When he was asked about one watchword (a word or phrase expressing his core belief), he replied fantasy, and went on to say that if Einstein, who played violin, had not been a musician, he would never have hit on his theory of relativity. ''Illogic is an important part of being human,'' Einstein said. ''With logic you cannot jump, you cannot make hypotheses. You need fantasy for that.''

Wednesday, May 18, 2011

EL SISTEMA (Part II) a day filled with extraordinary highlights, there was still one moment that stood above others.

We had a Q & A session (the young orchestra members and I), and I was asked whether I have a favorite composer or favorite piece. Not an uncommon question for which my answer is that I spend countless number of hours with every piece before it gets to be presented on the stage, and I cannot go through such a process with a piece I would not consider as a favorite. In other words, I have no favorite piece or composer, but rather favorites!

To the principle cellist that answer did not suffice. Standing up, he asked me if I could play "something that I could identify myself with." Now that is different. With some hesitation I sat down and played the closing movement from Schumann's epic Fantasy Op. 17. This thirteen minute slow pace meditation or perhaps a prayer, a farewell, is one of the most heartfelt pieces ever written. It goes straight into our innermost. It is music which expresses such solitude yet is all embracing. It is probably meant for just one person, whomever you want him to be.

After playing it, I turned to my fellow musicians and asked for the reason for choosing this piece. The answers kept pouring.
The two answers that I will never forget came from one orchestra member who thought that this music represented "the way I would like the world to be"; the second came from Bruno, their twenty-eight year old conductor who said that while I was playing, he saw the gates of heaven opening up and beaming light shined upon us all. This reminded me what Schumann said when writing this movement: that he had "a vision of Heaven with its angels in solemn troops and sweet societies, that sing, and singing in their glory move, and wipe the tears forever from our eyes.”
I could not agree more with all that I heard.

Shortly after, a group of about fifty people came in and formed a half-a-circle behind the orchestra. At first I was not sure where they came from or why they were here. All of a sudden they started to sing Handel a-cappella, and continued with all sorts of folk songs.
This afternoon started with one climax and gathered many more along the way: the choir of four-year-old's, the nine-year-old concert mistress, the instrument restoration shop, the ten-year-old conductor, the Schumann Fantasy, the a-cappella choir, and so much more. I saw a miracle in all its glory – a new reality. Can this be real or should I look at today's newspapers to find out what is real? I have no doubt that everyone around felt they were part of something special. Through the power of music they were able to get away each day from their reality if just for a moment, and build a new one, much more hopeful.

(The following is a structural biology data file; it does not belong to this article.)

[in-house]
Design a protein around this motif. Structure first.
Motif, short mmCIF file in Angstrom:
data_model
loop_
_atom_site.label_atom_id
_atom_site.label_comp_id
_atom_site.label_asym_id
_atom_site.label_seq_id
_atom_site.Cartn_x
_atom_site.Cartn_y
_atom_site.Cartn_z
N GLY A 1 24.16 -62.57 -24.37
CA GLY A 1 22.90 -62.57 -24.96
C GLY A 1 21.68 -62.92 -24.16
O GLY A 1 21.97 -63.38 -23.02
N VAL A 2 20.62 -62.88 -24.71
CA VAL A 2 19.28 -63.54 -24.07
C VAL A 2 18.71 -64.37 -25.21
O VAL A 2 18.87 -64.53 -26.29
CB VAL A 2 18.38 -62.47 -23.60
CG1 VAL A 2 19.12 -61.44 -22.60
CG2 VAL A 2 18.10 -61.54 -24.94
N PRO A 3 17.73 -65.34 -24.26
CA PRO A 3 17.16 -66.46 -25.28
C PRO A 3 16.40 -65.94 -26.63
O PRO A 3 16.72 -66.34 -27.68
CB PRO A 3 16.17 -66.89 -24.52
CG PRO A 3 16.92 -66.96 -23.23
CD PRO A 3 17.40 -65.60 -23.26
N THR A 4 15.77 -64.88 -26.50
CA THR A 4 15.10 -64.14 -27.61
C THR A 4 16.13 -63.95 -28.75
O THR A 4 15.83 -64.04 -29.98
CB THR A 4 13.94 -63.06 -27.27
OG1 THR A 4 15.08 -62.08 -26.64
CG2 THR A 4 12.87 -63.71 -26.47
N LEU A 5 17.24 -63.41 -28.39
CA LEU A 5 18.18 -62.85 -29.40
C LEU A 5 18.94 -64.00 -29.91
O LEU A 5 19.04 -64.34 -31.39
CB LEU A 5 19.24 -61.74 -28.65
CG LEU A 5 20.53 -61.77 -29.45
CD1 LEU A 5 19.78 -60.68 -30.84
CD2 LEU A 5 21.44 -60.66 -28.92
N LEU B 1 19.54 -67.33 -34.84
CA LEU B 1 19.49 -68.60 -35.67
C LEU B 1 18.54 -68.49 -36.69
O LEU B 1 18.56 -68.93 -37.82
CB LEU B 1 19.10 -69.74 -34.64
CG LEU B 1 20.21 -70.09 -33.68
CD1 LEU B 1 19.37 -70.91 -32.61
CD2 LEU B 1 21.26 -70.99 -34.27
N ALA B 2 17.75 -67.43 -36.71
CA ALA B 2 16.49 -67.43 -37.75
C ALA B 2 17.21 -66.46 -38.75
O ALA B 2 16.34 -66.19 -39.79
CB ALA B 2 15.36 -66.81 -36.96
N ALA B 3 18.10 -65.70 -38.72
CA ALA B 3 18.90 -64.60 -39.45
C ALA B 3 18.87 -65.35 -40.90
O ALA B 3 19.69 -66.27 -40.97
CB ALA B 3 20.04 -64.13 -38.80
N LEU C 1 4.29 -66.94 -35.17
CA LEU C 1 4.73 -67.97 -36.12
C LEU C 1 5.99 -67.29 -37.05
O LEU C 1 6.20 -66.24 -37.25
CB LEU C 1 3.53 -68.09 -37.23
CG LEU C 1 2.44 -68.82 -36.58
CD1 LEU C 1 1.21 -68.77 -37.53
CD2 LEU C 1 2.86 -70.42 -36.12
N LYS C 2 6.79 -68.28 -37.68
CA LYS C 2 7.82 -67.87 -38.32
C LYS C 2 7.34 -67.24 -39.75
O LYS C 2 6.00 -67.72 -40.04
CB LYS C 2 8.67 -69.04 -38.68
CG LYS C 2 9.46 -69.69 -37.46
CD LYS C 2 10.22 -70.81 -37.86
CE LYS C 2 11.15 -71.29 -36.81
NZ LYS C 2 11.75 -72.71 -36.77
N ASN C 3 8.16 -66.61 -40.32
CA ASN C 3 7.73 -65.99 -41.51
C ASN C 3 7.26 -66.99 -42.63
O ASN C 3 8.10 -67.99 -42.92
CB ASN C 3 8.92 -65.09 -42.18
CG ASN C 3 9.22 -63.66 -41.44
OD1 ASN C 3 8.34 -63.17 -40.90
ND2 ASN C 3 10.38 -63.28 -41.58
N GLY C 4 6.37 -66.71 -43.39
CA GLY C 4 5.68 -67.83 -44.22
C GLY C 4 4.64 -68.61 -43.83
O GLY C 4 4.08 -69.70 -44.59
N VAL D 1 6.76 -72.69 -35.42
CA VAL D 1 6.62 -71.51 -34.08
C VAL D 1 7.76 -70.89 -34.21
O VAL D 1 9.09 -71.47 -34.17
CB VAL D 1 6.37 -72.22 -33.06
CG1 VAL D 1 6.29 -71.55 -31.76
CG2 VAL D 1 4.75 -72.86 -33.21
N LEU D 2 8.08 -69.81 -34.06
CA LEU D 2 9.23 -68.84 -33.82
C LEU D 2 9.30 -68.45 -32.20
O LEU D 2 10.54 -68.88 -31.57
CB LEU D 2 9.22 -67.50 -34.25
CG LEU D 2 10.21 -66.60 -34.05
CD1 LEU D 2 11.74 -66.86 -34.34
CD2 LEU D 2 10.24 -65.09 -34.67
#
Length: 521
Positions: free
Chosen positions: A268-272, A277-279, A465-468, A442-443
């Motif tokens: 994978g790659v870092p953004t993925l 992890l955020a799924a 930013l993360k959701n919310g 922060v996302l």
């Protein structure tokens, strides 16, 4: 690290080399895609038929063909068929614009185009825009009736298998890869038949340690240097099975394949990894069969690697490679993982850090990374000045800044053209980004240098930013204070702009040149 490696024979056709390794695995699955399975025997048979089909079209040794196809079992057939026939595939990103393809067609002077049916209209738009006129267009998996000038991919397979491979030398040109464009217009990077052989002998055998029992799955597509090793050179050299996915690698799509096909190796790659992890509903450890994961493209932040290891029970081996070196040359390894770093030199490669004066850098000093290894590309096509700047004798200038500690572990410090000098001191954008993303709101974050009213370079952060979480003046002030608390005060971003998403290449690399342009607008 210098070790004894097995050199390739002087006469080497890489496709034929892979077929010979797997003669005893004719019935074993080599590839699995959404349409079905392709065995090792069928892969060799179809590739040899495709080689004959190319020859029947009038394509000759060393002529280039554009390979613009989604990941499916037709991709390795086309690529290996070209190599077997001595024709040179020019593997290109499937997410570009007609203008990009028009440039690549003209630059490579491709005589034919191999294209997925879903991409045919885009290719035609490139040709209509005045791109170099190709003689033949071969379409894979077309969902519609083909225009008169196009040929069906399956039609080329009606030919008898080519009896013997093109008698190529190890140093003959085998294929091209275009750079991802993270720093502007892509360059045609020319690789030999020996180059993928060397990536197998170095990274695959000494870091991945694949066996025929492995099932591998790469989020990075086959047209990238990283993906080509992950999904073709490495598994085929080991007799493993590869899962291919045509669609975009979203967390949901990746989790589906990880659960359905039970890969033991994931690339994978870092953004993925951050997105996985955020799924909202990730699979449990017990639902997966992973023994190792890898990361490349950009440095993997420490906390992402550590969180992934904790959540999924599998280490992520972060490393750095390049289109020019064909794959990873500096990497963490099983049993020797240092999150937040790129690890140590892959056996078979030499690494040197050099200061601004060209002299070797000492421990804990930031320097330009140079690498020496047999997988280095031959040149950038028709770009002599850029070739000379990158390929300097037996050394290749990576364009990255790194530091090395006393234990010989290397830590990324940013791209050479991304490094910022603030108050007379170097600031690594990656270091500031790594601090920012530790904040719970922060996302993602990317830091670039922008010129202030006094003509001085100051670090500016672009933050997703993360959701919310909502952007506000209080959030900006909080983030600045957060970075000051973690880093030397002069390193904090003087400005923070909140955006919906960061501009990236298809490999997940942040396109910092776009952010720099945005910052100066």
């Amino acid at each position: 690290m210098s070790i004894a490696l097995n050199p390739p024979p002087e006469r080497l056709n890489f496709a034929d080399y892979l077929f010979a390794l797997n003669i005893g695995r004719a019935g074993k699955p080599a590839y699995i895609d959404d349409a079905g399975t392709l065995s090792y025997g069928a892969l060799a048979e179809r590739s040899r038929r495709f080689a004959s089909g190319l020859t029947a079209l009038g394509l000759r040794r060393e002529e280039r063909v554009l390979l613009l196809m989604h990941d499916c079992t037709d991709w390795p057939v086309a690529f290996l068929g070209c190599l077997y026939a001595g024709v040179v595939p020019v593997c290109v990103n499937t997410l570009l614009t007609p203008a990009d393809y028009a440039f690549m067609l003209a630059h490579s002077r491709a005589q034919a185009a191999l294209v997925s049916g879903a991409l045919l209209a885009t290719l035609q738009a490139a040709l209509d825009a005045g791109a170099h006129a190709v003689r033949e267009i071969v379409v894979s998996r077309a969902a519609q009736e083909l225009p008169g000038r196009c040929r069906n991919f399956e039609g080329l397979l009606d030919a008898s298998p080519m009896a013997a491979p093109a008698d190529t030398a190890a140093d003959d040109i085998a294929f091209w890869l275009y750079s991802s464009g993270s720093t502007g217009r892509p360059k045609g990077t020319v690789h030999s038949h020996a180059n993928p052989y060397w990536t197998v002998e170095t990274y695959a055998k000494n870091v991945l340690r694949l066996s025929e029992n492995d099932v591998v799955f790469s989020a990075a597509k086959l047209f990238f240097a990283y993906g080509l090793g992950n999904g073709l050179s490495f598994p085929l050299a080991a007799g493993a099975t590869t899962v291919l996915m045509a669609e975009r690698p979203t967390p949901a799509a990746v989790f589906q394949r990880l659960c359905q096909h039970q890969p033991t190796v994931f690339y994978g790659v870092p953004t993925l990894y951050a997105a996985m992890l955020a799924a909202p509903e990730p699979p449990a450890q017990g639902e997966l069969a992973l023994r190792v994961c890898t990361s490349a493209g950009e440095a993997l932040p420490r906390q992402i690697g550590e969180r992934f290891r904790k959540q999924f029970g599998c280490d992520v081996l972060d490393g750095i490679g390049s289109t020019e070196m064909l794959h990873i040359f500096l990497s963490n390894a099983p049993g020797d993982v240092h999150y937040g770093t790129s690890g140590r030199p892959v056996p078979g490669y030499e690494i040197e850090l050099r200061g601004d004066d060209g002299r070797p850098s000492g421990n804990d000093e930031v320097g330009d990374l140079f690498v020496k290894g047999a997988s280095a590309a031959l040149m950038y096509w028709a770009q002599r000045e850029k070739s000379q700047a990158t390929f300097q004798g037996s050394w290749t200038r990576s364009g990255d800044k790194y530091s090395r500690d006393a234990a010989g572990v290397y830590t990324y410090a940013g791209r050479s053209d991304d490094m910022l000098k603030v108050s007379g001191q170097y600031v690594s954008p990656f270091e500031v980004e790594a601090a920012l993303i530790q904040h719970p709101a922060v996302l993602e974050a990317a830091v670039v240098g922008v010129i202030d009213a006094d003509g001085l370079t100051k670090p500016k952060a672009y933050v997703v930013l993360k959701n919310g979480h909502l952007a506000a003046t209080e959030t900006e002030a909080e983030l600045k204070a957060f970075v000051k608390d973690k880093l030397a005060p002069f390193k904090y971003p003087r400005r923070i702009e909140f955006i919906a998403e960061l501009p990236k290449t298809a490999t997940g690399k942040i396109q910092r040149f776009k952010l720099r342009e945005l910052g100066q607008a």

Many mornings I wake up and spend time with a composer that through the power of music he was aiming to build a more ideal world – Beethoven. I decided to end the visit with playing the Finale from Beethoven's Sonata "Appassionata".

The orchestra made me their first honorary member. I told them that the real honor would be that next time, rather than play for each other, let us play WITH each other.
After all, they showed me what togetherness is all about.

Thank you!
Alon Goldstein (Nov. 2010)

Saturday, April 30, 2011


O.K. so I am going through my midlife crisis. My priorities shift. What interests me is changing dramatically and what brings tears to my eyes is becoming quite different.

First it was China. Now it is Guatemala.

Following two solo recitals in Guatemala not too long ago, I visited the youth orchestra of Guatemala City, which is modeled after the Simon Bolivar orchestra of Venezuela. The now famous orchestra that has taken kids from poor villages throughout Venezuela and gave them a home, a shelter, through a life in music, has become an inspiration to many. It was my first encounter with "El Sistema" – an encounter that lasted five hours, though feels like it still goes on.

As I walk up the uneven stairway of the old abandoned post office building turned music school in the center of Guatemala City, I help my hostess Alex to carry bags of used clothes. These are for the children I am about to meet.

One thousand five hundred kids, ages four to about twenty gather here daily between 2pm and 7pm to make music (and to give meaning to their life).